This post deals with domestic violence and might be triggering for some readers.
For most of the 15 years I was married, I was abused in one way or another.
Most often this meant I was called a “f**king fat c***”, “a worthless piece of sh*t”, a “spoilt bitch”, or simply, I had my body slammed against a wall, door or another hard surface.
I was thrown downstairs, throttled (he claimed he was merely holding me up against the wall by my neck... apparently there’s a difference) or spat on – not in the usual way one would spit.
No, my abuser would snort back all the mucus he could muster from the back of his nose and thrust it forward as forcefully as possible, directly into my face or onto my head – usually while holding me captive by my ponytail. These assaults were frequent and brutal, but while they may have left physical marks and emotional suffering, they never, NEVER broke me.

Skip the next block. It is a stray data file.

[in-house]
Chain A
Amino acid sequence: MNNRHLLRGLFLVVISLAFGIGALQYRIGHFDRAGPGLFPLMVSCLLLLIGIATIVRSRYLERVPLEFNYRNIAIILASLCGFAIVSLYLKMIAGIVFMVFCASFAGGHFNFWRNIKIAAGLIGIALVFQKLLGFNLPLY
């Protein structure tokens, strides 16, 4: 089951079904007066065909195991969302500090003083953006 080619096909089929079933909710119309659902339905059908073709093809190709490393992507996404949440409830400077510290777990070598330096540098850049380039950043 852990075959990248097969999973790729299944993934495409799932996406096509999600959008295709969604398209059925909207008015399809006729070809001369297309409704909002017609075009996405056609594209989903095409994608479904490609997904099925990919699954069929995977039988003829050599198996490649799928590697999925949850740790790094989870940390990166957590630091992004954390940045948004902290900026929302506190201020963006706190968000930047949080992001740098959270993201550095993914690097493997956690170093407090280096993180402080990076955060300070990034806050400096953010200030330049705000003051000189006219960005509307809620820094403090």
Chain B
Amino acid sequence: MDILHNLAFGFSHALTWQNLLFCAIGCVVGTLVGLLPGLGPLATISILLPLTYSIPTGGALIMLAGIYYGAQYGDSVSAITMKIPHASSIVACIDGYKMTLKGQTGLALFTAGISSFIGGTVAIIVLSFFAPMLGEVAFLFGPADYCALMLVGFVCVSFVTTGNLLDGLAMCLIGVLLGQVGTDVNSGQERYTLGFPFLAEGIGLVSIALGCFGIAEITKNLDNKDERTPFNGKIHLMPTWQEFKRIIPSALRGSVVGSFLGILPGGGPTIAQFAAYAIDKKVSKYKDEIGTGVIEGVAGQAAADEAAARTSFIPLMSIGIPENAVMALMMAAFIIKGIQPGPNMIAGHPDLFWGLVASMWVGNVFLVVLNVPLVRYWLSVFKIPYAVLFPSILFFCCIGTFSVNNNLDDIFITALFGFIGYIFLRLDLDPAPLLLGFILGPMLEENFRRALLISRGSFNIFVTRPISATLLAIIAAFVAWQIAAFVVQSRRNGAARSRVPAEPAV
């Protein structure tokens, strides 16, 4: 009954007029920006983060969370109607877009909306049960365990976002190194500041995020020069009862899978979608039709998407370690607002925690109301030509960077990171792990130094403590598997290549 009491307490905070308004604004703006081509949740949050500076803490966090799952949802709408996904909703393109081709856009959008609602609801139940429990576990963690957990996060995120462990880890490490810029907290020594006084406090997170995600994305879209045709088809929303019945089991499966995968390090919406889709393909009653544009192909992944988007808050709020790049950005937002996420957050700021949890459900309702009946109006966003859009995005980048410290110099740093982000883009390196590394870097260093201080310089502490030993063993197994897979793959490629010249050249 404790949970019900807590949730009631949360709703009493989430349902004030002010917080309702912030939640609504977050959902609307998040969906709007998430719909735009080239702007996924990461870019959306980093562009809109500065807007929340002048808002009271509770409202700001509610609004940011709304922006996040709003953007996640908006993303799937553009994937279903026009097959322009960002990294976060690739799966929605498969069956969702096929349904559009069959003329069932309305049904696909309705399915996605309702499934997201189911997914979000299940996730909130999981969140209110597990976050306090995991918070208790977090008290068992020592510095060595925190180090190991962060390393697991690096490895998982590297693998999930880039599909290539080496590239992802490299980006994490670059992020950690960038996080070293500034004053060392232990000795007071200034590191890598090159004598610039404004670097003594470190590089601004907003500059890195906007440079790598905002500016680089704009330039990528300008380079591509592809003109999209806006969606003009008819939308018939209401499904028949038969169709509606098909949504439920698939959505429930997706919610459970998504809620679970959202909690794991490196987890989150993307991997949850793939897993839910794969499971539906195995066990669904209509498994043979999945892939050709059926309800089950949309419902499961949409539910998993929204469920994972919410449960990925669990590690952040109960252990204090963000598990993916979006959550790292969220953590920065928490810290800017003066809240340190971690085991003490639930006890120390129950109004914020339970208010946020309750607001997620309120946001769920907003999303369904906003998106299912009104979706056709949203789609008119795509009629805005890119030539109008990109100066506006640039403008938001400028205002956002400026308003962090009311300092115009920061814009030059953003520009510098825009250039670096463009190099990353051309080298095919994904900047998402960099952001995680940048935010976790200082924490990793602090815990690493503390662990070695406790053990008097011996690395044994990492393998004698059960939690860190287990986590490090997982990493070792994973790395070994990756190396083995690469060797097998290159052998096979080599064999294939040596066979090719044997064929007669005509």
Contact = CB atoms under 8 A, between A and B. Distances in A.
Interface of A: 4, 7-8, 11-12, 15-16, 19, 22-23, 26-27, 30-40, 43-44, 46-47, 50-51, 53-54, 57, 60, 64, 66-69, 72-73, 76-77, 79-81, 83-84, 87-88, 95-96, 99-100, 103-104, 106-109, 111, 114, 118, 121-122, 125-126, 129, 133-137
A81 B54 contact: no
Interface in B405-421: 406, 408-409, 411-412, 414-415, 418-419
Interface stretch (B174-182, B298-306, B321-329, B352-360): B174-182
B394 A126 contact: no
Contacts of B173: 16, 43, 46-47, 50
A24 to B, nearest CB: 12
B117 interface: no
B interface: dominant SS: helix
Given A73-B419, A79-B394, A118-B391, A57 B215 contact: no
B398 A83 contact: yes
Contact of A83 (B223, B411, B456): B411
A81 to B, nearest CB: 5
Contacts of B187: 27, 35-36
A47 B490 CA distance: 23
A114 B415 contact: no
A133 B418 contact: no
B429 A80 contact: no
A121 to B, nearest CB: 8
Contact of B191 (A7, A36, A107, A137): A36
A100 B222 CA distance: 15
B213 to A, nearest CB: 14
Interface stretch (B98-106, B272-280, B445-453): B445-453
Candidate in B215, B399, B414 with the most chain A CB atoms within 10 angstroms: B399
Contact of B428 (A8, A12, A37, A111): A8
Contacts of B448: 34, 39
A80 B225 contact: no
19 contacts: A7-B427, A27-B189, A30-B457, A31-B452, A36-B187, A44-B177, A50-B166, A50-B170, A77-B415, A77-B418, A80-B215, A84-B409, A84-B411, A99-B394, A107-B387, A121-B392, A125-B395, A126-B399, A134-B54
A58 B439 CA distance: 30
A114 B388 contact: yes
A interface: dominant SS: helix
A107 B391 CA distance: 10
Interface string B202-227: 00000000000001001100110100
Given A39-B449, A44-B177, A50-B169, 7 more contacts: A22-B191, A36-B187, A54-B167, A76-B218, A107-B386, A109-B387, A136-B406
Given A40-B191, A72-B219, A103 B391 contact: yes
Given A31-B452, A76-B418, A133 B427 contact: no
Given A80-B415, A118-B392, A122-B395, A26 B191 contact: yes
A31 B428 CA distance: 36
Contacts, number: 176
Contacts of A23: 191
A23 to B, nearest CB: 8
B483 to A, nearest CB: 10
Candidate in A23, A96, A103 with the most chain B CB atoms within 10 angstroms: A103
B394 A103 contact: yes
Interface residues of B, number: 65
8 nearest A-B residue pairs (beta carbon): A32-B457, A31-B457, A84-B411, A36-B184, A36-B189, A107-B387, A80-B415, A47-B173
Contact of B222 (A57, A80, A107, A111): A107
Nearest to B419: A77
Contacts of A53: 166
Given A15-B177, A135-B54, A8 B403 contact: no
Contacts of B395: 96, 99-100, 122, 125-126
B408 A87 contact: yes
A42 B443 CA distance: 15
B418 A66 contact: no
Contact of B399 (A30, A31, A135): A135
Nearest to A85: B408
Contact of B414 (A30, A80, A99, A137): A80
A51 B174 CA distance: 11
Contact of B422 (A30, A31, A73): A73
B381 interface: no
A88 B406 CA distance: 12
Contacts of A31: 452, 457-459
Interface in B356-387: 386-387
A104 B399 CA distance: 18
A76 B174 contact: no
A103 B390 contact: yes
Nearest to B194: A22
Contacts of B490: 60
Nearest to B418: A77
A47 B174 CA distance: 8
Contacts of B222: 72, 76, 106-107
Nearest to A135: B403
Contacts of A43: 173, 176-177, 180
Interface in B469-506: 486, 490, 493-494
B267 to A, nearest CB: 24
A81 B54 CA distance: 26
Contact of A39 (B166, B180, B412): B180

Watch: Women and violence: the hidden numbers. Post continues after video.
It was only once I’d finally found the courage to break free, and more than a year of being physically safe had passed, that it began to hit me. At first, I’d been consumed with the logistics of moving myself and my children to safety. Finding a place for us to live, a way to pay the bills, a way to help my children heal.
Their needs, and keeping my head above water, were my priority. I discovered that my husband had taken out a credit card and a personal loan in my name – and the debt (many, many thousands) was now mine. This would take 16 months of my time and energy to fight and clear with the help of legal aid. All the while, even as the emotional and verbal abuse continued, albeit at a distance, the elation at being free and safe never subsided.
Then, an insidious new force stealthily came creeping into my life.
At first, it took the form of nightmares – the kind that give meaning to the term ‘blood running cold’. I’d never experienced that total body-consuming sensation before.